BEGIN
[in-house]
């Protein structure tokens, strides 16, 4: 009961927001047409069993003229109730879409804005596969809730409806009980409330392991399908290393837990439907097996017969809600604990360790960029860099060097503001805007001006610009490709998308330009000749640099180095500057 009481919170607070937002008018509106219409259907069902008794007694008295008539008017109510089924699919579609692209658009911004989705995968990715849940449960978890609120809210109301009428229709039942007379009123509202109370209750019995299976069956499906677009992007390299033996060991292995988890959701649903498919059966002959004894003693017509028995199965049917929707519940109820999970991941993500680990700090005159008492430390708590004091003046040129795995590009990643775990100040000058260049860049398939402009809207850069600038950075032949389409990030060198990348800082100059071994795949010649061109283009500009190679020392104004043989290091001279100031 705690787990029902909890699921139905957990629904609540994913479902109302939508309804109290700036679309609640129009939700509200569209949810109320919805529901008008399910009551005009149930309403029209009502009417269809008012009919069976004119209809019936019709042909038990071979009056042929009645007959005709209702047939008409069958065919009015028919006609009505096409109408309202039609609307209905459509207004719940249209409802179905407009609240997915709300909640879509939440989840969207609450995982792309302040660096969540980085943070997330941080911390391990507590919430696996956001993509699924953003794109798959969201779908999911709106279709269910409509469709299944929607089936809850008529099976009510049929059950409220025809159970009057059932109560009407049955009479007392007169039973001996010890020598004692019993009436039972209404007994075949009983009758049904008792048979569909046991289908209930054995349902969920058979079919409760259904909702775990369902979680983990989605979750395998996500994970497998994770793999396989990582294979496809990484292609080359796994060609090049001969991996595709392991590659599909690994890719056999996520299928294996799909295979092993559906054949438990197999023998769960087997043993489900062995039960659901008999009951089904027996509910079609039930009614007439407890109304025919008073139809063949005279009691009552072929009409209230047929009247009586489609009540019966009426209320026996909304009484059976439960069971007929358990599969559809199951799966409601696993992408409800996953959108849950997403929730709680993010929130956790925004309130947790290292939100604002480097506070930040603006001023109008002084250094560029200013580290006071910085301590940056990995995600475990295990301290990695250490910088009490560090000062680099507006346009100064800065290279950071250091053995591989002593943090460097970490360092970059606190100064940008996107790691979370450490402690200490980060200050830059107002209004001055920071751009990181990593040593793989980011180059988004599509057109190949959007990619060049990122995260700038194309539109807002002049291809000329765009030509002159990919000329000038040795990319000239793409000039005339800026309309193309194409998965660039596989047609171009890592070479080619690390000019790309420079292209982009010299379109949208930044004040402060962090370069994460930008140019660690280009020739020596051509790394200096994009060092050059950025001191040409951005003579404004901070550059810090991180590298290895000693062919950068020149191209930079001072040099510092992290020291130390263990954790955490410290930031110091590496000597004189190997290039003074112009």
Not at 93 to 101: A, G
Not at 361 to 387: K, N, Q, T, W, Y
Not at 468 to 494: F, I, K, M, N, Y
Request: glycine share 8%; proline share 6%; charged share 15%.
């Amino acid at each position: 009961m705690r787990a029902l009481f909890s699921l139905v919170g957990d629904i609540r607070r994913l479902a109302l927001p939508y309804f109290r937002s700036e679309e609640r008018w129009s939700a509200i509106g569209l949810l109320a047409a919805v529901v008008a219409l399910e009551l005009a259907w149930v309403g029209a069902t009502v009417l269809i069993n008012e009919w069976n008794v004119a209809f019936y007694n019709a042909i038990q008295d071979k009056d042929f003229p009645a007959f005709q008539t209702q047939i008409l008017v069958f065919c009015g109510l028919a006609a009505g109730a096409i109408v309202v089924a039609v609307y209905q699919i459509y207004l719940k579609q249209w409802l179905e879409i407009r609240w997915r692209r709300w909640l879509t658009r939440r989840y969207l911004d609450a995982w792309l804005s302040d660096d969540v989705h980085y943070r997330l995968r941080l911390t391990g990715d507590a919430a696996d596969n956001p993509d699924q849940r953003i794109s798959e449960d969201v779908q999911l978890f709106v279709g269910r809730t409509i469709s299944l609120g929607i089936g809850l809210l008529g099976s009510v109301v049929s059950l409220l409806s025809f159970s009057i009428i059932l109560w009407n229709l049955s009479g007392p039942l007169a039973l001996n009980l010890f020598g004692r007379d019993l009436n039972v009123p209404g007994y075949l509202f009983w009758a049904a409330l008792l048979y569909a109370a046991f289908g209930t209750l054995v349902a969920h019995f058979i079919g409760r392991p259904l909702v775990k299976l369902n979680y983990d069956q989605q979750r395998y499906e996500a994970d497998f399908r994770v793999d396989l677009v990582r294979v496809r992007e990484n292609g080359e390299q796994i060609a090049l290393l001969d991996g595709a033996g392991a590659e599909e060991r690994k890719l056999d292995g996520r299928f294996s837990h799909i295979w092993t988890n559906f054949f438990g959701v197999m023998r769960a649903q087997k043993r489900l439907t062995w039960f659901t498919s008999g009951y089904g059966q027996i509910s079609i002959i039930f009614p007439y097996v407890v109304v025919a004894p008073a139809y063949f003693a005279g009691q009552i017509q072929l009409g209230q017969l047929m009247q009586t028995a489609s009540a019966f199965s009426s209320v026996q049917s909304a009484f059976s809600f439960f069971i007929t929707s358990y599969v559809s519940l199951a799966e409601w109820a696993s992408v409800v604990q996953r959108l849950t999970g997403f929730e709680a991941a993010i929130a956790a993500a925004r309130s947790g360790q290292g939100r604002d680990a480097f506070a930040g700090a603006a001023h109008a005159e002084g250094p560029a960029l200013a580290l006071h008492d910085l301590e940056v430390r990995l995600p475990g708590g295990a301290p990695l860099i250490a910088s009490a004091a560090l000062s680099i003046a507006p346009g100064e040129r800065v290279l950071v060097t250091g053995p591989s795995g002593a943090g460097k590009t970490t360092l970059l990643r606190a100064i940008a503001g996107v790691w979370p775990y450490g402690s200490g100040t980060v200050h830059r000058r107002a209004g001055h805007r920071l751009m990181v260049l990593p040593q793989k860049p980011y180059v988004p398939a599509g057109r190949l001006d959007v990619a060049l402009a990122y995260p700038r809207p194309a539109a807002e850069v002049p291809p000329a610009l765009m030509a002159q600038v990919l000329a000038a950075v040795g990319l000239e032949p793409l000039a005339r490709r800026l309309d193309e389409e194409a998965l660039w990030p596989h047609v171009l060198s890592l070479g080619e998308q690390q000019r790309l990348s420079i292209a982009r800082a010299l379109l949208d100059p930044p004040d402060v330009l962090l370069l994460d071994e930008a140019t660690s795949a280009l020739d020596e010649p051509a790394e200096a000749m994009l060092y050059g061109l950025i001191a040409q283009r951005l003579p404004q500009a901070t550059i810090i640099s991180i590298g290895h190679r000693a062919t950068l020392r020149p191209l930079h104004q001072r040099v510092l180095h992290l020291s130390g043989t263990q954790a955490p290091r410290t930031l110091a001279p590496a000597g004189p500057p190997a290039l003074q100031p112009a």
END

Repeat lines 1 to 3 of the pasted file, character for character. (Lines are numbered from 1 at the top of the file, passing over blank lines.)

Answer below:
[in-house]
């Protein structure tokens, strides 16, 4: 009961927001047409069993003229109730879409804005596969809730409806009980409330392991399908290393837990439907097996017969809600604990360790960029860099060097503001805007001006610009490709998308330009000749640099180095500057 009481919170607070937002008018509106219409259907069902008794007694008295008539008017109510089924699919579609692209658009911004989705995968990715849940449960978890609120809210109301009428229709039942007379009123509202109370209750019995299976069956499906677009992007390299033996060991292995988890959701649903498919059966002959004894003693017509028995199965049917929707519940109820999970991941993500680990700090005159008492430390708590004091003046040129795995590009990643775990100040000058260049860049398939402009809207850069600038950075032949389409990030060198990348800082100059071994795949010649061109283009500009190679020392104004043989290091001279100031 705690787990029902909890699921139905957990629904609540994913479902109302939508309804109290700036679309609640129009939700509200569209949810109320919805529901008008399910009551005009149930309403029209009502009417269809008012009919069976004119209809019936019709042909038990071979009056042929009645007959005709209702047939008409069958065919009015028919006609009505096409109408309202039609609307209905459509207004719940249209409802179905407009609240997915709300909640879509939440989840969207609450995982792309302040660096969540980085943070997330941080911390391990507590919430696996956001993509699924953003794109798959969201779908999911709106279709269910409509469709299944929607089936809850008529099976009510049929059950409220025809159970009057059932109560009407049955009479007392007169039973001996010890020598004692019993009436039972209404007994075949009983009758049904008792048979569909046991289908209930054995349902969920058979079919409760259904909702775990369902979680983990989605979750395998996500994970497998994770793999396989990582294979496809990484292609080359796994060609090049001969991996595709392991590659599909690994890719056999996520299928294996799909295979092993559906054949438990197999023998769960087997043993489900062995039960659901008999009951089904027996509910079609039930009614007439407890109304025919008073139809063949005279009691009552072929009409209230047929009247009586489609009540019966009426209320026996909304009484059976439960069971007929358990599969559809199951799966409601696993992408409800996953959108849950997403929730709680993010929130956790925004309130947790290292939100604002480097506070930040603006001023109008002084250094560029200013580290006071910085301590940056990995995600475990295990301290990695250490910088009490560090000062680099507006346009100064800065290279950071250091053995591989002593943090460097970490360092970059606190100064940008996107790691979370450490402690200490980060200050830059107002209004001055920071751009990181990593040593793989980011180059988004599509057109190949959007990619060049990122995260700038194309539109807002002049291809000329765009030509002159990919000329000038040795990319000239793409000039005339800026309309193309194409998965660039596989047609171009890592070479080619690390000019790309420079292209982009010299379109949208930044004040402060962090370069994460930008140019660690280009020739020596051509790394200096994009060092050059950025001191040409951005003579404004901070550059810090991180590298290895000693062919950068020149191209930079001072040099510092992290020291130390263990954790955490410290930031110091590496000597004189190997290039003074112009």
Not at 93 to 101: A, G